It is the largest of the Pontine Islands, located in the Gulf of Gaeta and easily reachable by ferry and hydrofoil connections between Formia, Terracina, San Felice Circeo, Anzio, Fiumicino and Naples. The territory is covered with high mountains and rugged coastline and whose waters rich in marine vegetation, which each year attract thousands of diving enthusiasts. It is an island of volcanic origin, with a long and narrow shape, characterized by typical Mediterranean vegetation.
Although the island was inhabited since the Neolithic Ages, the first settlements were founded by the Volsci. Later with the arrival of the Phoenicians and the Greeks, who also gave the island its name, it became an important trading port. During the times of the Roman colonization, Ponza was not only a strategic point but also a preferred resort, as attested by the remains of several noble villas. During the Middle Ages, thanks to the work of the Benedictine monks, it remained for a long time a thriving religious and commercial center, until the island was prey to constant raids by Saracen pirates: the monks were made slaves and the territories were abandoned. Only in 1202, with a bull of Pope Innocent III, the Abbey of Santa Maria in Ponza was re-established and assigned to the Cistercians, and some years later, it was incorporated between the religious communities under the protection of the Basilica of St. Anastasia's Outside the Walls in Rome.
Several are the sea battles fought off the waters of Ponza: Ruggiero of Lauria in 1300, Duke of Calabria, defeated Admiral Doria, at head of the fleet of Frederick II and Alfonso of Aragon was defeated by the Angevin Biagio Assereto in 1435. After heavy and bloody incursions by the Turks in the XVIII century, King Charles III of Naples launched a massive colonization of the island and convinced several inhabitants of the nearby island of Ischia to move and settle here. On June 27th, 1857 , the troops of the expedition of the patriot Carlo Pisacane, sheltered in Ponza, before their defeat on the shores of Sapri.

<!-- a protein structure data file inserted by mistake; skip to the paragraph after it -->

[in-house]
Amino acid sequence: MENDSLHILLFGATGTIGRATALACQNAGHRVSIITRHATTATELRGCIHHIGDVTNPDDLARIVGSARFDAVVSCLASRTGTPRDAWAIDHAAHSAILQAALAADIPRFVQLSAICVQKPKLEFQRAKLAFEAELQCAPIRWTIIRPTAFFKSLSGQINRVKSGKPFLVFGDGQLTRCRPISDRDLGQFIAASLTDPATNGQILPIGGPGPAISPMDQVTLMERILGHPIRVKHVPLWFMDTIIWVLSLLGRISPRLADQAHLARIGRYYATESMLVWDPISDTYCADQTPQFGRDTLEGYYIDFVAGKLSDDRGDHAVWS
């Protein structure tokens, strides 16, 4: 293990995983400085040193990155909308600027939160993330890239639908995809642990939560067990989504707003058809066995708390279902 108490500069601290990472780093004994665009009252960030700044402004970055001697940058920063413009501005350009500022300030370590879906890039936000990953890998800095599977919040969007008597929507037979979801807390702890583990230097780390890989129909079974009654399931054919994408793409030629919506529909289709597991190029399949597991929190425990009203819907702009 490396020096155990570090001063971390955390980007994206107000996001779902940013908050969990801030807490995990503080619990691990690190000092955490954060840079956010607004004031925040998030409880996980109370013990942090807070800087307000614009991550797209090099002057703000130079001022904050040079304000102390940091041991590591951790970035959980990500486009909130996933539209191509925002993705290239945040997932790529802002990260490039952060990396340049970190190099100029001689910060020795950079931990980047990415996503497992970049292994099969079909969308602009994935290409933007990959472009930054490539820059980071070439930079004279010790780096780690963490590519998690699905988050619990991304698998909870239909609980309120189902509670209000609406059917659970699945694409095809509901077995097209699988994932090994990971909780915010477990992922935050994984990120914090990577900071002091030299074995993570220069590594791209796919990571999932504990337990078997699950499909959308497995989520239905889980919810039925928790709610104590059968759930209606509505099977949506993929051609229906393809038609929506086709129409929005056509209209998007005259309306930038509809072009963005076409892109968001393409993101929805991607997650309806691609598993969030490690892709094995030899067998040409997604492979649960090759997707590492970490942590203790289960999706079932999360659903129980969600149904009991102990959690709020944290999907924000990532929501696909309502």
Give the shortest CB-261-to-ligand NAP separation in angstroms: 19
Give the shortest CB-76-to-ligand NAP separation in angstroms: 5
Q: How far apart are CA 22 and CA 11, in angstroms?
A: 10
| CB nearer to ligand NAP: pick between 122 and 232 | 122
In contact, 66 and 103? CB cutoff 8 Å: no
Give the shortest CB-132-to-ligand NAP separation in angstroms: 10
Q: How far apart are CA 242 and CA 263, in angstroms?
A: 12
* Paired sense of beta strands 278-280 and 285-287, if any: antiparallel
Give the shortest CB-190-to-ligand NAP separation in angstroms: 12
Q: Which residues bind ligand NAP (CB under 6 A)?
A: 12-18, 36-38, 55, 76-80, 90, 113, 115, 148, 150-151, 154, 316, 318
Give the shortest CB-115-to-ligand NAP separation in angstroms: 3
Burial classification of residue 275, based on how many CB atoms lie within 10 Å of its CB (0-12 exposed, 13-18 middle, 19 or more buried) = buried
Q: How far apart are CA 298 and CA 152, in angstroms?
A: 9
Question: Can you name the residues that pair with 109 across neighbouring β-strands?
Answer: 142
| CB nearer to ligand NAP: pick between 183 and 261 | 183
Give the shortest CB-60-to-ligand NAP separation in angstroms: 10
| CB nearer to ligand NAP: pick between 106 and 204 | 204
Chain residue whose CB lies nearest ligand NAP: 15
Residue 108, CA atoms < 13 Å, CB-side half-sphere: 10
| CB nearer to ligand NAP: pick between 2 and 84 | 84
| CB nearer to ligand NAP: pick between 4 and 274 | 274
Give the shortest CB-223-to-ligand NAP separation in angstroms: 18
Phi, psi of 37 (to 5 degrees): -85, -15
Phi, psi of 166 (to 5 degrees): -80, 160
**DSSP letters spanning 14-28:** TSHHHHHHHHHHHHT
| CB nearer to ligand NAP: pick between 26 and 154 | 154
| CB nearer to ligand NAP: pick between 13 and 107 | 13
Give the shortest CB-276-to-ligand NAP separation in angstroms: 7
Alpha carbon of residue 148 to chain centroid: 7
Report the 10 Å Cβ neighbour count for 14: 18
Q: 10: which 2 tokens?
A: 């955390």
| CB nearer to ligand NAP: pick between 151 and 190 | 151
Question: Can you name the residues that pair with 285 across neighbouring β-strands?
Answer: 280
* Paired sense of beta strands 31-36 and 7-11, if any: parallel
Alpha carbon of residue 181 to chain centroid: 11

Mussolini was imprisoned here from July 27th to August 7th, 1943.
Sites of Interest:
- the Roman ruins (the port, the reservoir, the villas, the aqueduct, the city walls, the amphitheater and the fish breeding tanks);
- the underground ancient Greek tomb;
- the charming Town Center, clinging to the rock, which follows a natural slope along the coastline;
- the Church of St. Joseph, built in the last years of the XIX century with a single nave plan;
- the Church of St. Domitilla and Silverio, designed by Antonio Winspeare with tufa stone blocks from an old Spanish owned quarry, which features a circular base surmounted by an imposing dome, and inside are preserved frescoes of Pasquale Mancini of Gaeta, and some XVIII century artworks from the Antique Art Gallery of Palazzo Barberini, such as: "the Nativity of the Virgin" by Michelangelo Cerruti and "The Adoration of the Shepherds" by Antonio Greccolini;
- the Church of Santa Maria Assunta, in the district of Le Forna, simple in style with typical Mediterranean features.